Dilley Pro Bono Project


The Dilley Pro Bono Project (DPBP) operates a non-traditional pro bono model of legal services that directly represents immigrant mothers and children detained at the 2,400-bed South Texas Family Residential Center in Dilley, Texas. The vast majority of families detained here are fleeing extreme violence in Central America and elsewhere and are seeking asylum in the United States.

DPBP organizes volunteer teams for each week. DPBP asks volunteers to commit to a Sunday-to-Friday work schedule and to arrive Sunday evening for a mandatory on-the-ground orientation meeting. After an exhilarating week, the team leaves the following Saturday, and a new team arrives to take over the caseload and carry the work forward.

DPBP is only able to uphold its promise to provide legal counsel with the help of volunteers who are flexible, willing to step outside their comfort zone, and dedicated to working long and difficult hours (12-15-hour days, full of physically and emotionally exhausting work). During the course of the week, volunteers will report to On-the-Ground staff, taking on a variety of tasks ranging from data entry and scanning to preparing clients for Credible and Reasonable Fear Interviews. Prospective volunteers should note that things On-the-Ground can change rapidly and there may be a need to be flexible and take on different types of works. The Dilley volunteer experience is life changing and you will be working as an integral part of the On-the-Ground team.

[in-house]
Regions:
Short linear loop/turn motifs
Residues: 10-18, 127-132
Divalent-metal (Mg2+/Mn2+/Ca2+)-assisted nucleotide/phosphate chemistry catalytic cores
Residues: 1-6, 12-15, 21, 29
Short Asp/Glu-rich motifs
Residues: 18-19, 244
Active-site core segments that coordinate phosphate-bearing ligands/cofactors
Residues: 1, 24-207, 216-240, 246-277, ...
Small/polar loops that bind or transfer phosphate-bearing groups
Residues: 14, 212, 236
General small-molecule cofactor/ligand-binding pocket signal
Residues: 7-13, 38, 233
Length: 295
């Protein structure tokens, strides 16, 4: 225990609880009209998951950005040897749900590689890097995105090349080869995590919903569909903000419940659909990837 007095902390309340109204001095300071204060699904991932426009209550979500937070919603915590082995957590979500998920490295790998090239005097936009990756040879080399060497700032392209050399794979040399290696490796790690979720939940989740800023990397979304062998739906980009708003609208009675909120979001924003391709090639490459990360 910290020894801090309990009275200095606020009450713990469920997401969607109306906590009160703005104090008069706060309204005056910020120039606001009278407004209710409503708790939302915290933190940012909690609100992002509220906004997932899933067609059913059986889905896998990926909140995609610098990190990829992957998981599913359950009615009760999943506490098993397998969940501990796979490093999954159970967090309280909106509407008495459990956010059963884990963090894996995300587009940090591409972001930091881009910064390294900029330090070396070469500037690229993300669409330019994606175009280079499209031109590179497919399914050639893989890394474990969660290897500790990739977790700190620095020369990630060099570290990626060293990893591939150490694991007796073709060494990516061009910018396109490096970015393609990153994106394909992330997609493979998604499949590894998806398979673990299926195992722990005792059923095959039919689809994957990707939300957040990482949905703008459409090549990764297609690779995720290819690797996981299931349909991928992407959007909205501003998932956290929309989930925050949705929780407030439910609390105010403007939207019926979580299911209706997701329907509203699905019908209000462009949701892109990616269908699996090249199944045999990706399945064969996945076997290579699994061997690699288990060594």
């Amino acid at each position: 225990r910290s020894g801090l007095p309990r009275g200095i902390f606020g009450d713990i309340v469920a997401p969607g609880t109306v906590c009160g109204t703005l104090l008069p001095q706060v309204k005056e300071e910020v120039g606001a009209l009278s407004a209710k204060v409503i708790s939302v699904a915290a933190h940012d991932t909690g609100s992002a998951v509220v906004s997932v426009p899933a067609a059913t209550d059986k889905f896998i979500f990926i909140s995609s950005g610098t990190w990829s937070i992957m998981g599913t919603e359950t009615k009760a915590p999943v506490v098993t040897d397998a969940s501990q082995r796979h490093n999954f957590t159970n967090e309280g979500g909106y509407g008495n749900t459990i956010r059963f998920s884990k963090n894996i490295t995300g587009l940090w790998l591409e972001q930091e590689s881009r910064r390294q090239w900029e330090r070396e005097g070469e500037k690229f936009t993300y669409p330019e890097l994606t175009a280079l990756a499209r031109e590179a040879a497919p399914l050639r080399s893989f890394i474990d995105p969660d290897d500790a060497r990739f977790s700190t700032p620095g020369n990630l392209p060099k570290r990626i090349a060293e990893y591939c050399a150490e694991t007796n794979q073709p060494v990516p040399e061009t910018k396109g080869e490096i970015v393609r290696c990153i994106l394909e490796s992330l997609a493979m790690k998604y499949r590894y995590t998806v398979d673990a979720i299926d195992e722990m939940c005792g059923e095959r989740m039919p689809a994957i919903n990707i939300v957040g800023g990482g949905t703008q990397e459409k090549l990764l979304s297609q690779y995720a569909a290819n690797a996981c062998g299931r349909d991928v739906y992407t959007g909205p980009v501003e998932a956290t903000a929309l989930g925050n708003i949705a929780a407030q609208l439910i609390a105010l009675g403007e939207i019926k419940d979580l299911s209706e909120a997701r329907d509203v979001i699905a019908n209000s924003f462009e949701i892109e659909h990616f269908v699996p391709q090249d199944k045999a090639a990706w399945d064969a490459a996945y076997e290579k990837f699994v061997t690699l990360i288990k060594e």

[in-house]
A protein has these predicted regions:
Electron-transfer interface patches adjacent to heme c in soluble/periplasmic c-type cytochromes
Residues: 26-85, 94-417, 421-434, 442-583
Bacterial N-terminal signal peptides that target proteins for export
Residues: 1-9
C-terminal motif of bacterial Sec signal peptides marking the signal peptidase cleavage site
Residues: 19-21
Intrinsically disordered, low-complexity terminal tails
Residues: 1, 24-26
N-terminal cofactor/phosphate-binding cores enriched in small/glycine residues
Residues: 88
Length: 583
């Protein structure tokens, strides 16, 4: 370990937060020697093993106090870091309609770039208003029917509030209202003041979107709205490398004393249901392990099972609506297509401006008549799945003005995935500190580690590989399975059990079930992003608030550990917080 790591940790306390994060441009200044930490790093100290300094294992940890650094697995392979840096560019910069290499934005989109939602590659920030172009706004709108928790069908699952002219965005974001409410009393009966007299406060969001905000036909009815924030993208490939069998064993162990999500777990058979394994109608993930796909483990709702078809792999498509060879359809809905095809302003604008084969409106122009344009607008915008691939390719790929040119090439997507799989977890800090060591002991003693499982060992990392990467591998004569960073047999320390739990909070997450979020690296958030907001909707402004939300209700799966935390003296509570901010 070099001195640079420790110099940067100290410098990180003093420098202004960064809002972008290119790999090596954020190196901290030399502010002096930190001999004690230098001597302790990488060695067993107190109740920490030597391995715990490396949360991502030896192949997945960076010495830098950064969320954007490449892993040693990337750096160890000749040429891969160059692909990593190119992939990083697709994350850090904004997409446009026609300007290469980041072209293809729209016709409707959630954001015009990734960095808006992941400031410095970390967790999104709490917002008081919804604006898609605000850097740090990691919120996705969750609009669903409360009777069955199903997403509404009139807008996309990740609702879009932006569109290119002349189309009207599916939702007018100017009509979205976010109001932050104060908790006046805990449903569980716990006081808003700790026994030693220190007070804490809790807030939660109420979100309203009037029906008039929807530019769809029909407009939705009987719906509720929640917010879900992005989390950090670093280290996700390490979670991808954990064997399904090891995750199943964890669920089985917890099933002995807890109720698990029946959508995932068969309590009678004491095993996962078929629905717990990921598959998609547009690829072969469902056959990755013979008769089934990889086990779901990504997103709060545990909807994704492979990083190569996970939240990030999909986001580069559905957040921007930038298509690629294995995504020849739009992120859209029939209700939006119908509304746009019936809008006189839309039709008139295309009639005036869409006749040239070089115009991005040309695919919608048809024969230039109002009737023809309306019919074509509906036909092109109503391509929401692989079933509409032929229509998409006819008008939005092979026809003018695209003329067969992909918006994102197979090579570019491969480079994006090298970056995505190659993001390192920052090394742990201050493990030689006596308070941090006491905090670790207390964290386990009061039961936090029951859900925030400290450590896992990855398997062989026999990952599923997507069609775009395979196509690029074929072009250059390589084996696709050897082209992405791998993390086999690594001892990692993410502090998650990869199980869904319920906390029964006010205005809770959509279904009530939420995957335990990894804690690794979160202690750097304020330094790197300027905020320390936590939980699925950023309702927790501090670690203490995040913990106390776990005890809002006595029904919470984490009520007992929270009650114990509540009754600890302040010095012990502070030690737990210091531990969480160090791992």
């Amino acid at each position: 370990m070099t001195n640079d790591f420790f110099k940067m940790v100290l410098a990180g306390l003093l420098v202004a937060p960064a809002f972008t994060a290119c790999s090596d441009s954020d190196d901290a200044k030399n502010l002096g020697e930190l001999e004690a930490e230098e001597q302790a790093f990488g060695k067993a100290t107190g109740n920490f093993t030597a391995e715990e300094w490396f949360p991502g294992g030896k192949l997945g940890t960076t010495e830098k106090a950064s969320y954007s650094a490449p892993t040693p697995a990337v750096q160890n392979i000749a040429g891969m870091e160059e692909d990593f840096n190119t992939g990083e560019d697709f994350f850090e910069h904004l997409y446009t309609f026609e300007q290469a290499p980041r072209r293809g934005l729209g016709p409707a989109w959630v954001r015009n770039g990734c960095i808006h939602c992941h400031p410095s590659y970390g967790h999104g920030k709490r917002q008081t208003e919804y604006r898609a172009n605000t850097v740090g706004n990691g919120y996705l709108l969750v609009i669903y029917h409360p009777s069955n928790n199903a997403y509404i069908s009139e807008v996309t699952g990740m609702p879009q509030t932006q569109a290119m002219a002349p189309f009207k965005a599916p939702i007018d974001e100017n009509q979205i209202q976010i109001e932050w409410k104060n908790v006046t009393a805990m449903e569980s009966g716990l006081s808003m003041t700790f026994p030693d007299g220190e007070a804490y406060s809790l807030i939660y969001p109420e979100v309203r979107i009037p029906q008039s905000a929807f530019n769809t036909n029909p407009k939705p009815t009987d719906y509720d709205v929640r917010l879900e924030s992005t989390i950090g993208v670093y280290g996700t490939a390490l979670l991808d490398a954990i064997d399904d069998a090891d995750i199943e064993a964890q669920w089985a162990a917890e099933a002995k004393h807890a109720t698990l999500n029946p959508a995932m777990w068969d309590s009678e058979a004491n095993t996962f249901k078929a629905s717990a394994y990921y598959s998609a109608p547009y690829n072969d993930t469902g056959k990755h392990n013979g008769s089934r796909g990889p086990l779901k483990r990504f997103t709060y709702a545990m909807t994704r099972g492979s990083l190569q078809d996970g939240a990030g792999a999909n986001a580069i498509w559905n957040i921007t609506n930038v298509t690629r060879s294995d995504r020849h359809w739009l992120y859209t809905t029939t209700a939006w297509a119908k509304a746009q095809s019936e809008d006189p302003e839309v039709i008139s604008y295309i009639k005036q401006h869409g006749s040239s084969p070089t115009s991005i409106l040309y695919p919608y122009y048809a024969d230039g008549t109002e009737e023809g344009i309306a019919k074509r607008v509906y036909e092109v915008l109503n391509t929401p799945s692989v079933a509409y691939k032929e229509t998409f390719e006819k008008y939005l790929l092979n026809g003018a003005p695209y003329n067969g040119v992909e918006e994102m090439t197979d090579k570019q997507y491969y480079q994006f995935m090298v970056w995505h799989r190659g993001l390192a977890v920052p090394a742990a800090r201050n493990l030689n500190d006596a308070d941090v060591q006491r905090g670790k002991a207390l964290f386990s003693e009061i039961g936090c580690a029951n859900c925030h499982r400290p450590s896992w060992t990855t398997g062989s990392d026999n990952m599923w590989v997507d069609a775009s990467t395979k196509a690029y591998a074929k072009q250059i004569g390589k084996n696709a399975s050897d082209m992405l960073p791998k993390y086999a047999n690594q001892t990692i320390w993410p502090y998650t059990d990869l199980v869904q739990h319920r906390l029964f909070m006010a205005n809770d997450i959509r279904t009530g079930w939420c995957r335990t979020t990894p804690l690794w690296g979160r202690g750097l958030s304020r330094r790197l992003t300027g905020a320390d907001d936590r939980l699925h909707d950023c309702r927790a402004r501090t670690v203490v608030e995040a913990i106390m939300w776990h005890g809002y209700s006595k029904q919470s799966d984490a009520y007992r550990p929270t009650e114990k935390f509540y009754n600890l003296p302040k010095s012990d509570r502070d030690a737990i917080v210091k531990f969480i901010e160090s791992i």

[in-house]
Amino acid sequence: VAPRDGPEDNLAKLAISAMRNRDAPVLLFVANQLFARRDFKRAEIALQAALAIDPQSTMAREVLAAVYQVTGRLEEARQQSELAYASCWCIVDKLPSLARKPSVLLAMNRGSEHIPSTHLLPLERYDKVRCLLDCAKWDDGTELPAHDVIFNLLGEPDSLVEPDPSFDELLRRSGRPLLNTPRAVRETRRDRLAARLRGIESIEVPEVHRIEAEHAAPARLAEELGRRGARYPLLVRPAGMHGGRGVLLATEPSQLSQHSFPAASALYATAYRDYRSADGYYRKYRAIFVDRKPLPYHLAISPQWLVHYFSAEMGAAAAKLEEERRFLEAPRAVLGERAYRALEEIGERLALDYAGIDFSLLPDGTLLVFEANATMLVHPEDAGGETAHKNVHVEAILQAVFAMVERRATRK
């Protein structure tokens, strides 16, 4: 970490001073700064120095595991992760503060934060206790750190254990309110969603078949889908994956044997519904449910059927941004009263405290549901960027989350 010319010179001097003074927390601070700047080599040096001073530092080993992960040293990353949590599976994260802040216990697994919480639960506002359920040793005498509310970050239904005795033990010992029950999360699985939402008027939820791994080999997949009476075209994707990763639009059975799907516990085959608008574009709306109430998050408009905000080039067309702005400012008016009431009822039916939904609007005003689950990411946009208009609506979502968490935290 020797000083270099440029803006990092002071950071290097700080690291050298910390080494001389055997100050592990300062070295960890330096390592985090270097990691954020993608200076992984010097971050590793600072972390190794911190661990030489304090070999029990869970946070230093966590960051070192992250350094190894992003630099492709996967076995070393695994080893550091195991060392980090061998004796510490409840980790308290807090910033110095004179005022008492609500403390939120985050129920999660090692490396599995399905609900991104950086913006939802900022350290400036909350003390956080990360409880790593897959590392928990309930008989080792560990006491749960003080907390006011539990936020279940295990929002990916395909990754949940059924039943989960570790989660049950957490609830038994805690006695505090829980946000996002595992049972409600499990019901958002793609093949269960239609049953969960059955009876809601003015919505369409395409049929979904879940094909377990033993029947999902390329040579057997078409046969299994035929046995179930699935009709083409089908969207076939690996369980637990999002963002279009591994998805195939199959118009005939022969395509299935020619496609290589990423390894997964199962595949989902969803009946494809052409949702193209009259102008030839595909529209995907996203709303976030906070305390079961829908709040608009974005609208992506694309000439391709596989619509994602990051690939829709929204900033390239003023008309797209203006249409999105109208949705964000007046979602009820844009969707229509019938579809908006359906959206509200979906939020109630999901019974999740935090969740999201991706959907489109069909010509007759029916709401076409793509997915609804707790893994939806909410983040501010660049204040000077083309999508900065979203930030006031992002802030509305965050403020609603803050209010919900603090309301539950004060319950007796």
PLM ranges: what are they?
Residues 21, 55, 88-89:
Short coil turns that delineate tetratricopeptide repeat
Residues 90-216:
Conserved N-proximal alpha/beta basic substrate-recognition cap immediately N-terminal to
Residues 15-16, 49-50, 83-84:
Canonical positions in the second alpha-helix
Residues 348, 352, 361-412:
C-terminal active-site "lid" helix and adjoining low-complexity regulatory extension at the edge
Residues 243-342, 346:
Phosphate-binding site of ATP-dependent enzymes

Please send the signed forms to Mackenzie Levy at volunteer@caraprobono.org. Volunteers to the South Texas Residential Center must receive a clearance from ICE to enter the facility. ICE requires that our Volunteer Coordinator give them certain information to obtain these clearances. All volunteers must send Mackenzie a copy of a government issued photo ID. If you are an attorney, please also send a copy of your bar card. If you do not have a physical bar card, please send the state in which you are barred and your bar number. If you are a non-attorney please send your social security number.

Guides for Local Practice

Secondary Trauma

As a volunteer in Dilley, you will likely sit in on credible fear interview preparations and maybe the actual credible fear or reasonable fear interviews with asylum officers. You will hear these women’s stories and often they have experienced extreme cruelty and violence. They may provide accounts of: interactions with gangs; abuse from partners, family members, or acquaintances; their fear for their children; and rape and sexual assault among other things. It’s important to keep in mind that there is such a thing as secondhand trauma, which results from being exposed to the traumatic experiences of others. We encourage you to listen to the podcast below from the American Immigration Lawyers Association regarding secondhand trauma. You might listen to it on your drive from San Antonio to Dilley or on the airplane. We want all our volunteers to take care of themselves and process any major emotions that may come up when hearing these traumatic experiences.